Saturday, 16 June 2018

It moves - ATC alive again!

Now that I've had a chance to see what I've got here, strip it down, figure out how it works and what the components look like, it's time to slap it all back together again and see it in action - on the bench of course.

Reassembly:

The boards go back again quite easily and the connector pairings are fairly obvious. Although there are several instances of the same connector type, they are mostly only partially populated so even a blind idiot can work out the correct connectors to mate. It's possible that a fat and stupid idiot might make a mistake but that's another matter.

I have a 110V isolation transformer already set up in the garage to power some of the Mercan tools I brought back from Canada and I have a bench PSU that should suffice for the 24VDC supply. So I wired up some cables for each and connected them up.

First I cleaned up the cable glands. Wasn't strictly necessary but I couldn't help myself and it only took 5 mins. A bit of Gunk and some hot water did the trick:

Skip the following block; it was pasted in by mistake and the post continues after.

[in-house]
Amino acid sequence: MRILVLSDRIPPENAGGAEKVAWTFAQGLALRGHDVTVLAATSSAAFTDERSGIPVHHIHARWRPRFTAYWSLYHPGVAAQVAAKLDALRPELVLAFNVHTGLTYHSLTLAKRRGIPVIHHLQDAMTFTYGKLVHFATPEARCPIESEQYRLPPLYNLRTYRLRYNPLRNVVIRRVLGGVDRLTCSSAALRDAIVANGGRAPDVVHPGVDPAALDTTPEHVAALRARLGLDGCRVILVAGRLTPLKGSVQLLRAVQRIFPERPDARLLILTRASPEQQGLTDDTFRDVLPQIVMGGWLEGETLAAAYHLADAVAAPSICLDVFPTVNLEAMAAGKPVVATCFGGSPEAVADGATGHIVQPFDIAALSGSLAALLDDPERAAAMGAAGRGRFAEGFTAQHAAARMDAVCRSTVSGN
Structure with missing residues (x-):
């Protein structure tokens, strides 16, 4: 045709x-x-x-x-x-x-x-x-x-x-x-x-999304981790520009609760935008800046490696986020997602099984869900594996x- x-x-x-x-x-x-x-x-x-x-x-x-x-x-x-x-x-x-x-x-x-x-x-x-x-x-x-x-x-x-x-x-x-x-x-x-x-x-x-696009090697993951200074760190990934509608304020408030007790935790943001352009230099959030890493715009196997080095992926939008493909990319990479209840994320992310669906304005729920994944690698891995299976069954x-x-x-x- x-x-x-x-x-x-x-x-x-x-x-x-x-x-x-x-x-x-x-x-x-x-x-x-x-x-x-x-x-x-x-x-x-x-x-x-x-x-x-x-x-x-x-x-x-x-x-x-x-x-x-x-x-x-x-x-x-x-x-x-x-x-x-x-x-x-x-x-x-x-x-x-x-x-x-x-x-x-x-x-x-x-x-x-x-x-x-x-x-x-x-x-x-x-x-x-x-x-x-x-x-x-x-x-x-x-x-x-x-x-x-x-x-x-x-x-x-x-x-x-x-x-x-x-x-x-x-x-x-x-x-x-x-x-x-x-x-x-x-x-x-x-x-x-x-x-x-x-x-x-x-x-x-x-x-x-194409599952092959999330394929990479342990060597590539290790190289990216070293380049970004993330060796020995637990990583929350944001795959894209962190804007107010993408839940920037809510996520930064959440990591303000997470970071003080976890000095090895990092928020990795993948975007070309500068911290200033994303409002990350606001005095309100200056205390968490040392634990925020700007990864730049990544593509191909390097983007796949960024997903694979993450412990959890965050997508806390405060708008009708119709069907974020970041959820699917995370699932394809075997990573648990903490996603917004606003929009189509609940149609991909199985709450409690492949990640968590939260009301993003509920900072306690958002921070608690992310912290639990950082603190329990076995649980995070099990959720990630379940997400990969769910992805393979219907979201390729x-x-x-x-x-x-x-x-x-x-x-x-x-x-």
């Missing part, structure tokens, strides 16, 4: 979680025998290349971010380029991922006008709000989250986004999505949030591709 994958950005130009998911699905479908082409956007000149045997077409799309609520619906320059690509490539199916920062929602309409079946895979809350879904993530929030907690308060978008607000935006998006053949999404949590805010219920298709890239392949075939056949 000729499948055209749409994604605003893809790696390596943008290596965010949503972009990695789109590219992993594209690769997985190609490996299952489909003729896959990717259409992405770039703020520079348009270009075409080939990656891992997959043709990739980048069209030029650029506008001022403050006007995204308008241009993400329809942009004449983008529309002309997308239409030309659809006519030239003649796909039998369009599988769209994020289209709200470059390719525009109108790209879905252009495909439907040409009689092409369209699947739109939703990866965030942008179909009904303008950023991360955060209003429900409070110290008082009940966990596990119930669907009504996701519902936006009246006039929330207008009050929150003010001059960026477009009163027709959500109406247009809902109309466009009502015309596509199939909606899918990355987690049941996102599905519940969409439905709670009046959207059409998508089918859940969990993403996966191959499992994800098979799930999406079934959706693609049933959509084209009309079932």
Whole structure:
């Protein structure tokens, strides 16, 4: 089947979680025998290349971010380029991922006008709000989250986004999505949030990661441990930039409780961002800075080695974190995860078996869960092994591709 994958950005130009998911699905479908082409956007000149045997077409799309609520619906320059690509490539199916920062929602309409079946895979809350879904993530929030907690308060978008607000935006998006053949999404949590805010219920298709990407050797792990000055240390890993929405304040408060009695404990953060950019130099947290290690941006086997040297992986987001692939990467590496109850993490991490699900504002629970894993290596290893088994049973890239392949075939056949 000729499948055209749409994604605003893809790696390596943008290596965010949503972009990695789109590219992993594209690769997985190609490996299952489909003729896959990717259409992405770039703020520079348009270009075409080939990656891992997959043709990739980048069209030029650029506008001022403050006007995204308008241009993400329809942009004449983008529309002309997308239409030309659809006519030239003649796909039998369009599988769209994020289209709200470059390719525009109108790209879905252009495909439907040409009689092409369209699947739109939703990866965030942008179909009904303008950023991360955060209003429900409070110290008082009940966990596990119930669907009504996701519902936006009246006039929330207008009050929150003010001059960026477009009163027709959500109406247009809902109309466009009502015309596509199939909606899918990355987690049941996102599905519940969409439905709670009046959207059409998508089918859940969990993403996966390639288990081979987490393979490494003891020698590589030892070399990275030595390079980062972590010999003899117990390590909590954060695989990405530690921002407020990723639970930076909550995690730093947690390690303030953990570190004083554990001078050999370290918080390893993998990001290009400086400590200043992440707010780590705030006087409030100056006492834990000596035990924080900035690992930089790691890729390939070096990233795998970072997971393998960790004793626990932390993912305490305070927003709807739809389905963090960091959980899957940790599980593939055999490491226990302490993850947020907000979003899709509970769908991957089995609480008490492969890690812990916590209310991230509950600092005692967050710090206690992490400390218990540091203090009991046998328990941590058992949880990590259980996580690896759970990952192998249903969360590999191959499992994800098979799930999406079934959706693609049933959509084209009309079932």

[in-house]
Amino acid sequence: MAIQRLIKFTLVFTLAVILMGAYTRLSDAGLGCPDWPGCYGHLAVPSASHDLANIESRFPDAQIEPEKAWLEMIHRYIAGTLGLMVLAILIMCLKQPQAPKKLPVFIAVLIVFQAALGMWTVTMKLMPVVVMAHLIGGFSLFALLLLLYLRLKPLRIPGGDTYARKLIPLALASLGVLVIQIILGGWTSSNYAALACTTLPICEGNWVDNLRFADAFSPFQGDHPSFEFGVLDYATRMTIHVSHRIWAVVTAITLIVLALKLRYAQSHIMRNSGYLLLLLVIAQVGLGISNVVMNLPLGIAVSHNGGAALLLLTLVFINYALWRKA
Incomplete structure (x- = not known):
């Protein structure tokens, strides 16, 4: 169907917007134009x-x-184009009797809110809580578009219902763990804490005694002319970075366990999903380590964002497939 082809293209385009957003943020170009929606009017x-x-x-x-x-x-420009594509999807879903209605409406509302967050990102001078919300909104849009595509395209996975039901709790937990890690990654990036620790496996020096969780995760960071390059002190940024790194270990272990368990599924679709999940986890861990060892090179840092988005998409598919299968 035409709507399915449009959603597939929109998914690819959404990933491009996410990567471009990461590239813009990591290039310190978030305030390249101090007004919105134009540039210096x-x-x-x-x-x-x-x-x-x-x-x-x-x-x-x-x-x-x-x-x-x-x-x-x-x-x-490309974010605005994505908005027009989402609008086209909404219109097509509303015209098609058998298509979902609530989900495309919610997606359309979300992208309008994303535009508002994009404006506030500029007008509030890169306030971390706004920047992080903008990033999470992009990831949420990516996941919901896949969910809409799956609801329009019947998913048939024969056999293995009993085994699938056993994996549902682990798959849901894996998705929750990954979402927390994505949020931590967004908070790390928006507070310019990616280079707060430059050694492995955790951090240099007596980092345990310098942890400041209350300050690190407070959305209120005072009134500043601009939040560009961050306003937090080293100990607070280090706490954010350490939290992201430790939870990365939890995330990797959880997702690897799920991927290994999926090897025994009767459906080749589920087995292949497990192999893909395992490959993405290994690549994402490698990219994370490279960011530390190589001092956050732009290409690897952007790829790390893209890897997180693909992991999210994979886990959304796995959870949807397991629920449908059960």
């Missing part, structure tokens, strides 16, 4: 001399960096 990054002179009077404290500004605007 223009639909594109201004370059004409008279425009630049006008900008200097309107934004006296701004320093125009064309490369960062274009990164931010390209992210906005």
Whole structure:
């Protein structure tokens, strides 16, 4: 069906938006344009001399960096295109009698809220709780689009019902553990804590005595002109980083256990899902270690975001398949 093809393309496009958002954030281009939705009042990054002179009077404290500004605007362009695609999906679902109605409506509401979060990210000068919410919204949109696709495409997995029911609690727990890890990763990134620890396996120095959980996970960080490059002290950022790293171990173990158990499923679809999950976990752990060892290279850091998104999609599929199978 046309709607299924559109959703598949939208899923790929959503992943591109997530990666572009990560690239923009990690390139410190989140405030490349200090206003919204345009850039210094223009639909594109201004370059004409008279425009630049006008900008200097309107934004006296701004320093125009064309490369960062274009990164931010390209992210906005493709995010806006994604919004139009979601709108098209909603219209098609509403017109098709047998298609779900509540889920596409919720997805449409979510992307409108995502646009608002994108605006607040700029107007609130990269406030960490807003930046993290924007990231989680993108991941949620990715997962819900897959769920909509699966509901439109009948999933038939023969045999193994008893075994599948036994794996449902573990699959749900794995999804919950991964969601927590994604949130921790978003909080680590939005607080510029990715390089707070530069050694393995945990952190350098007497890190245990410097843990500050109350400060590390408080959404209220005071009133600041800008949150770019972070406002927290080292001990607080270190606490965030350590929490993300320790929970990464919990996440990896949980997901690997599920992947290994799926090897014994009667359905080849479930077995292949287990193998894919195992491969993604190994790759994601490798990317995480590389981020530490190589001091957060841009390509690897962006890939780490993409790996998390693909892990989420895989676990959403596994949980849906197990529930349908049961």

Box back together, front panel back in place and connected to the terminal block:


Back on the main assembly and wired up, ready for action:



Compressed air:

Now I need to get some compressed air to it. As ever, pipework is a bloody fiddle - everything has to be the right thread, diameter, fitting type etc etc. Naturally I didn't have anything suitable and even the ones I have are BSP, while I suspect the Mercan fittings are some local flavour. This is the sum total of my compressed air fittings. And I have a combined regulator / oiler that has some potentially useful adaptors on it. 


Tried a few things but ultimately I needed some 8mm plastic pipe, which I simply don't have. Had to make an adaptor piece from steel and hold the connection in place with cable ties. I drilled this out and soldered it into a std PCL quick fit connector. 



Obviously the gripper teeth don't grip onto steel quite as well as they do with plastic, so cable ties were required. This is the manifold block - the air inlet is on the back left face.


It'll do for now but I will need to buy something more permanent:


Ready to go!


The arm swings in and out. The claw works using the manual control on the front panel but doesn't seem to do anything when the arm is doing its business. I don't know if this is normal. If so, the controller will have to take care of the claw in addition to moving the carousel, arm etc.